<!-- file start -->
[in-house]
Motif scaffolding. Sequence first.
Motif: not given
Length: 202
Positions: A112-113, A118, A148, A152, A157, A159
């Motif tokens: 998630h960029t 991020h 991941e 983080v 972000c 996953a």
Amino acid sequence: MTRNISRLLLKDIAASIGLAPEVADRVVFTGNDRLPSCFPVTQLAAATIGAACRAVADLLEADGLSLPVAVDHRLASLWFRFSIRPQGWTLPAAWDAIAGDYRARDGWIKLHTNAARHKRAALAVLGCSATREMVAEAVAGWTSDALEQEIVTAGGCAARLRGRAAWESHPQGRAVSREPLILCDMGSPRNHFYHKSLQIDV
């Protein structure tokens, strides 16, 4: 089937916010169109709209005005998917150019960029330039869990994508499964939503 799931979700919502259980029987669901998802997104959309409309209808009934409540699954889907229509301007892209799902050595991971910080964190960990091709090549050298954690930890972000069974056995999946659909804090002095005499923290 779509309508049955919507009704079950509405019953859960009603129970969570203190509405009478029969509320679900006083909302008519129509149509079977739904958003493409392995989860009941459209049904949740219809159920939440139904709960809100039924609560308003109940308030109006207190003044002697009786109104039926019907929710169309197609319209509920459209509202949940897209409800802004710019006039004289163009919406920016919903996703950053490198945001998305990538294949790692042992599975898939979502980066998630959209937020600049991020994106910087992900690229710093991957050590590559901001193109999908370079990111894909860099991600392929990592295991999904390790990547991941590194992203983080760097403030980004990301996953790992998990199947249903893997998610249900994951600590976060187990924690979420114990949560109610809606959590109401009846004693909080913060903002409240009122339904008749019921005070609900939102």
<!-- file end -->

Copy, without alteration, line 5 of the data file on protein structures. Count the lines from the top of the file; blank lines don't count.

Positions: A112-113, A118, A148, A152, A157, A159